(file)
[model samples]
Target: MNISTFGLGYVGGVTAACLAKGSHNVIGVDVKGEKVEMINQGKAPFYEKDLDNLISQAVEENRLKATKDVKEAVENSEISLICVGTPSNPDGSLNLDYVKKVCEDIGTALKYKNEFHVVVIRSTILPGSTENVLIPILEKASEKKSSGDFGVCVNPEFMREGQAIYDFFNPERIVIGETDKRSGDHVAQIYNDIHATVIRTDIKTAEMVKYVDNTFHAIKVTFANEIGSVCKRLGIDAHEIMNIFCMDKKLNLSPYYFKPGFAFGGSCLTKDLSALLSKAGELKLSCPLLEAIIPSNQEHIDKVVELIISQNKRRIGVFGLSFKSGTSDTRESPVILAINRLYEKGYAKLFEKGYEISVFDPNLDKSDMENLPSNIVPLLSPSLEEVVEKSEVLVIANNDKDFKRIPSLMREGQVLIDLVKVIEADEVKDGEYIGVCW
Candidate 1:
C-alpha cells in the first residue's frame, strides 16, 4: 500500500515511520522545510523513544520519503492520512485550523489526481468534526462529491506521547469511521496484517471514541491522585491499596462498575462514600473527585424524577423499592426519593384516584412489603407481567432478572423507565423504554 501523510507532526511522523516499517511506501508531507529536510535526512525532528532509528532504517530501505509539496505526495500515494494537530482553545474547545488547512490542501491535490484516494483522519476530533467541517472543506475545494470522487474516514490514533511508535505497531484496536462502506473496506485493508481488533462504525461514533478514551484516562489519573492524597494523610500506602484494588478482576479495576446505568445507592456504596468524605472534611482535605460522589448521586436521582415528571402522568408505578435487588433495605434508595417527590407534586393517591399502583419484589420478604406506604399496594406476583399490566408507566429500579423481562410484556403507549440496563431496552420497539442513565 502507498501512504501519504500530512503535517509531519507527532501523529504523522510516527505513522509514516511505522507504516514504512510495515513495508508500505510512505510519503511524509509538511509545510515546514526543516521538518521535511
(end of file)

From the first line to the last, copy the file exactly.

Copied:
[model samples]
Target: MNISTFGLGYVGGVTAACLAKGSHNVIGVDVKGEKVEMINQGKAPFYEKDLDNLISQAVEENRLKATKDVKEAVENSEISLICVGTPSNPDGSLNLDYVKKVCEDIGTALKYKNEFHVVVIRSTILPGSTENVLIPILEKASEKKSSGDFGVCVNPEFMREGQAIYDFFNPERIVIGETDKRSGDHVAQIYNDIHATVIRTDIKTAEMVKYVDNTFHAIKVTFANEIGSVCKRLGIDAHEIMNIFCMDKKLNLSPYYFKPGFAFGGSCLTKDLSALLSKAGELKLSCPLLEAIIPSNQEHIDKVVELIISQNKRRIGVFGLSFKSGTSDTRESPVILAINRLYEKGYAKLFEKGYEISVFDPNLDKSDMENLPSNIVPLLSPSLEEVVEKSEVLVIANNDKDFKRIPSLMREGQVLIDLVKVIEADEVKDGEYIGVCW
Candidate 1:
C-alpha cells in the first residue's frame, strides 16, 4: 500500500515511520522545510523513544520519503492520512485550523489526481468534526462529491506521547469511521496484517471514541491522585491499596462498575462514600473527585424524577423499592426519593384516584412489603407481567432478572423507565423504554 501523510507532526511522523516499517511506501508531507529536510535526512525532528532509528532504517530501505509539496505526495500515494494537530482553545474547545488547512490542501491535490484516494483522519476530533467541517472543506475545494470522487474516514490514533511508535505497531484496536462502506473496506485493508481488533462504525461514533478514551484516562489519573492524597494523610500506602484494588478482576479495576446505568445507592456504596468524605472534611482535605460522589448521586436521582415528571402522568408505578435487588433495605434508595417527590407534586393517591399502583419484589420478604406506604399496594406476583399490566408507566429500579423481562410484556403507549440496563431496552420497539442513565 502507498501512504501519504500530512503535517509531519507527532501523529504523522510516527505513522509514516511505522507504516514504512510495515513495508508500505510512505510519503511524509509538511509545510515546514526543516521538518521535511